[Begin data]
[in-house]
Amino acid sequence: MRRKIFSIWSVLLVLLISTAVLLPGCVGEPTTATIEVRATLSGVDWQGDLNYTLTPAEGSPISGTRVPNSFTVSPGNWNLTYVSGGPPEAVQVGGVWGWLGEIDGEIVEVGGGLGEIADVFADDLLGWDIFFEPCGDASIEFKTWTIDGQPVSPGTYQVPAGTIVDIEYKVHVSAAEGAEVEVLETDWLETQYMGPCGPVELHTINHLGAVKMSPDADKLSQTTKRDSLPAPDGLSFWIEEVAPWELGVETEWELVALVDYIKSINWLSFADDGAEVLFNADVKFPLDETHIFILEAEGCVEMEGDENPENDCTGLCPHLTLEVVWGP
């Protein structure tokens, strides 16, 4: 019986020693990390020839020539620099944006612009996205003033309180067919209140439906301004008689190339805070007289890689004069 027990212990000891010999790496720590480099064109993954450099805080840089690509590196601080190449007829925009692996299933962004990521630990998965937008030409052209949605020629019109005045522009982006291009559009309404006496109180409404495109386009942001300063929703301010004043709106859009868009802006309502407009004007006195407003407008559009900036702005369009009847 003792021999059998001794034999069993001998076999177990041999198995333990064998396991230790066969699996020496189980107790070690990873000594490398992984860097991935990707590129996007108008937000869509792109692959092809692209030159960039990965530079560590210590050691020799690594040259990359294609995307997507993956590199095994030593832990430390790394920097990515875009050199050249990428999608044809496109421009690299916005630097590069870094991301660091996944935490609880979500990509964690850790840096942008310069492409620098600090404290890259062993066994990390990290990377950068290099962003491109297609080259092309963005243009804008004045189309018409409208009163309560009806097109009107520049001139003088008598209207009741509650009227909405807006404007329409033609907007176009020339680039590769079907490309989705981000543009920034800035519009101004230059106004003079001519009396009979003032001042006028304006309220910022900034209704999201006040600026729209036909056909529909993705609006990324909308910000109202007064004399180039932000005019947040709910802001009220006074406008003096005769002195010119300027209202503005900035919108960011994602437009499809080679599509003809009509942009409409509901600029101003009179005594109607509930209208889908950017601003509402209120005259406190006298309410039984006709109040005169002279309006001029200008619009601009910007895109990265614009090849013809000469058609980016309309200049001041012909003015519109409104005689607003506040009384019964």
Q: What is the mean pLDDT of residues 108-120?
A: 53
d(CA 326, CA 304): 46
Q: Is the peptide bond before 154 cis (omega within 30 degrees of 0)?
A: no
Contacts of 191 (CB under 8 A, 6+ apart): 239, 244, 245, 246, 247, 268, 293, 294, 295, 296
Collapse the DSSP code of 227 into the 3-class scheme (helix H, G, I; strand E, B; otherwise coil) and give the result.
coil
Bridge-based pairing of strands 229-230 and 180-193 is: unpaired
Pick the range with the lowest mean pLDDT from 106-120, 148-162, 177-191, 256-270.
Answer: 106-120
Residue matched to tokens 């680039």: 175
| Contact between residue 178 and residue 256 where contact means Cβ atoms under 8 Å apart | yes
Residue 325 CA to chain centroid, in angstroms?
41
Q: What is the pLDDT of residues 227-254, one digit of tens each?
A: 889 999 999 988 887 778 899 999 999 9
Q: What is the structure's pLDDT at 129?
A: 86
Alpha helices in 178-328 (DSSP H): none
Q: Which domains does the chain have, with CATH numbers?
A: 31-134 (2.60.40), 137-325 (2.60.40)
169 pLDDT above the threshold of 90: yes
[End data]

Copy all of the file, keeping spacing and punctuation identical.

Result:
[in-house]
Amino acid sequence: MRRKIFSIWSVLLVLLISTAVLLPGCVGEPTTATIEVRATLSGVDWQGDLNYTLTPAEGSPISGTRVPNSFTVSPGNWNLTYVSGGPPEAVQVGGVWGWLGEIDGEIVEVGGGLGEIADVFADDLLGWDIFFEPCGDASIEFKTWTIDGQPVSPGTYQVPAGTIVDIEYKVHVSAAEGAEVEVLETDWLETQYMGPCGPVELHTINHLGAVKMSPDADKLSQTTKRDSLPAPDGLSFWIEEVAPWELGVETEWELVALVDYIKSINWLSFADDGAEVLFNADVKFPLDETHIFILEAEGCVEMEGDENPENDCTGLCPHLTLEVVWGP
């Protein structure tokens, strides 16, 4: 019986020693990390020839020539620099944006612009996205003033309180067919209140439906301004008689190339805070007289890689004069 027990212990000891010999790496720590480099064109993954450099805080840089690509590196601080190449007829925009692996299933962004990521630990998965937008030409052209949605020629019109005045522009982006291009559009309404006496109180409404495109386009942001300063929703301010004043709106859009868009802006309502407009004007006195407003407008559009900036702005369009009847 003792021999059998001794034999069993001998076999177990041999198995333990064998396991230790066969699996020496189980107790070690990873000594490398992984860097991935990707590129996007108008937000869509792109692959092809692209030159960039990965530079560590210590050691020799690594040259990359294609995307997507993956590199095994030593832990430390790394920097990515875009050199050249990428999608044809496109421009690299916005630097590069870094991301660091996944935490609880979500990509964690850790840096942008310069492409620098600090404290890259062993066994990390990290990377950068290099962003491109297609080259092309963005243009804008004045189309018409409208009163309560009806097109009107520049001139003088008598209207009741509650009227909405807006404007329409033609907007176009020339680039590769079907490309989705981000543009920034800035519009101004230059106004003079001519009396009979003032001042006028304006309220910022900034209704999201006040600026729209036909056909529909993705609006990324909308910000109202007064004399180039932000005019947040709910802001009220006074406008003096005769002195010119300027209202503005900035919108960011994602437009499809080679599509003809009509942009409409509901600029101003009179005594109607509930209208889908950017601003509402209120005259406190006298309410039984006709109040005169002279309006001029200008619009601009910007895109990265614009090849013809000469058609980016309309200049001041012909003015519109409104005689607003506040009384019964």
Q: What is the mean pLDDT of residues 108-120?
A: 53
d(CA 326, CA 304): 46
Q: Is the peptide bond before 154 cis (omega within 30 degrees of 0)?
A: no
Contacts of 191 (CB under 8 A, 6+ apart): 239, 244, 245, 246, 247, 268, 293, 294, 295, 296
Collapse the DSSP code of 227 into the 3-class scheme (helix H, G, I; strand E, B; otherwise coil) and give the result.
coil
Bridge-based pairing of strands 229-230 and 180-193 is: unpaired
Pick the range with the lowest mean pLDDT from 106-120, 148-162, 177-191, 256-270.
Answer: 106-120
Residue matched to tokens 């680039």: 175
| Contact between residue 178 and residue 256 where contact means Cβ atoms under 8 Å apart | yes
Residue 325 CA to chain centroid, in angstroms?
41
Q: What is the pLDDT of residues 227-254, one digit of tens each?
A: 889 999 999 988 887 778 899 999 999 9
Q: What is the structure's pLDDT at 129?
A: 86
Alpha helices in 178-328 (DSSP H): none
Q: Which domains does the chain have, with CATH numbers?
A: 31-134 (2.60.40), 137-325 (2.60.40)
169 pLDDT above the threshold of 90: yes